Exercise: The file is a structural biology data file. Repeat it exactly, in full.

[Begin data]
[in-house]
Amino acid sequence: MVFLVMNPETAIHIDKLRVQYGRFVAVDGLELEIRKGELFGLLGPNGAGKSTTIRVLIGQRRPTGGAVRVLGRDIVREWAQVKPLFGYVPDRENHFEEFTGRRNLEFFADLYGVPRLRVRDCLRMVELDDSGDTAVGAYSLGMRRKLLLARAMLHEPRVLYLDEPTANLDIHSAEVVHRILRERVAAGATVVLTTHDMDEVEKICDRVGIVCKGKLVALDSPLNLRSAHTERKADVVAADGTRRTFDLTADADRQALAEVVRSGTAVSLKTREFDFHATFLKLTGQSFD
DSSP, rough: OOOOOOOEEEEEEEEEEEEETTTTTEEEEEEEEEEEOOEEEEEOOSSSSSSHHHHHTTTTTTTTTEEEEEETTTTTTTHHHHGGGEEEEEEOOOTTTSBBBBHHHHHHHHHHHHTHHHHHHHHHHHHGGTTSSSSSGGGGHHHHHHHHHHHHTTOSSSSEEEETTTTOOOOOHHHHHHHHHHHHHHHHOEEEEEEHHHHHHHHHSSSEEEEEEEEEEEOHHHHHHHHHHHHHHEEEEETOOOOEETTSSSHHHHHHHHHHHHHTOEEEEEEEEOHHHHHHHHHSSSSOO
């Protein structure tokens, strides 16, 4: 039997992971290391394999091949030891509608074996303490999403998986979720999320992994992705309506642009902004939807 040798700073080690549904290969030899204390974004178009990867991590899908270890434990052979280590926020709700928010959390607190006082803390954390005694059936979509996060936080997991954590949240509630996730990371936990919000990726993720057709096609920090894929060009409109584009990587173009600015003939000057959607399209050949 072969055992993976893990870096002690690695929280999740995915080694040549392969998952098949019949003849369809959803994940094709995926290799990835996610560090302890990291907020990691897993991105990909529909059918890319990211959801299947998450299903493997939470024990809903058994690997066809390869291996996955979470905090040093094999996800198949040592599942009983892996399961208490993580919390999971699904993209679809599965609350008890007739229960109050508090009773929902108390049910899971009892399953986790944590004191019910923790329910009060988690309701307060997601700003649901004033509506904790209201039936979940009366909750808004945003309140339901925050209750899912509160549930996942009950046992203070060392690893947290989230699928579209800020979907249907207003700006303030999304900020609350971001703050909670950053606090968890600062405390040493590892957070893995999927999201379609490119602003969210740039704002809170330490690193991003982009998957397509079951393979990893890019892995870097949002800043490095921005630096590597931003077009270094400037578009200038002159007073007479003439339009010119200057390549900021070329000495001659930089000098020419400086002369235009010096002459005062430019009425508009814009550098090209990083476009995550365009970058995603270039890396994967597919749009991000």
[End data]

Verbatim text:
[in-house]
Amino acid sequence: MVFLVMNPETAIHIDKLRVQYGRFVAVDGLELEIRKGELFGLLGPNGAGKSTTIRVLIGQRRPTGGAVRVLGRDIVREWAQVKPLFGYVPDRENHFEEFTGRRNLEFFADLYGVPRLRVRDCLRMVELDDSGDTAVGAYSLGMRRKLLLARAMLHEPRVLYLDEPTANLDIHSAEVVHRILRERVAAGATVVLTTHDMDEVEKICDRVGIVCKGKLVALDSPLNLRSAHTERKADVVAADGTRRTFDLTADADRQALAEVVRSGTAVSLKTREFDFHATFLKLTGQSFD
DSSP, rough: OOOOOOOEEEEEEEEEEEEETTTTTEEEEEEEEEEEOOEEEEEOOSSSSSSHHHHHTTTTTTTTTEEEEEETTTTTTTHHHHGGGEEEEEEOOOTTTSBBBBHHHHHHHHHHHHTHHHHHHHHHHHHGGTTSSSSSGGGGHHHHHHHHHHHHTTOSSSSEEEETTTTOOOOOHHHHHHHHHHHHHHHHOEEEEEEHHHHHHHHHSSSEEEEEEEEEEEOHHHHHHHHHHHHHHEEEEETOOOOEETTSSSHHHHHHHHHHHHHTOEEEEEEEEOHHHHHHHHHSSSSOO
């Protein structure tokens, strides 16, 4: 039997992971290391394999091949030891509608074996303490999403998986979720999320992994992705309506642009902004939807 040798700073080690549904290969030899204390974004178009990867991590899908270890434990052979280590926020709700928010959390607190006082803390954390005694059936979509996060936080997991954590949240509630996730990371936990919000990726993720057709096609920090894929060009409109584009990587173009600015003939000057959607399209050949 072969055992993976893990870096002690690695929280999740995915080694040549392969998952098949019949003849369809959803994940094709995926290799990835996610560090302890990291907020990691897993991105990909529909059918890319990211959801299947998450299903493997939470024990809903058994690997066809390869291996996955979470905090040093094999996800198949040592599942009983892996399961208490993580919390999971699904993209679809599965609350008890007739229960109050508090009773929902108390049910899971009892399953986790944590004191019910923790329910009060988690309701307060997601700003649901004033509506904790209201039936979940009366909750808004945003309140339901925050209750899912509160549930996942009950046992203070060392690893947290989230699928579209800020979907249907207003700006303030999304900020609350971001703050909670950053606090968890600062405390040493590892957070893995999927999201379609490119602003969210740039704002809170330490690193991003982009998957397509079951393979990893890019892995870097949002800043490095921005630096590597931003077009270094400037578009200038002159007073007479003439339009010119200057390549900021070329000495001659930089000098020419400086002369235009010096002459005062430019009425508009814009550098090209990083476009995550365009970058995603270039890396994967597919749009991000």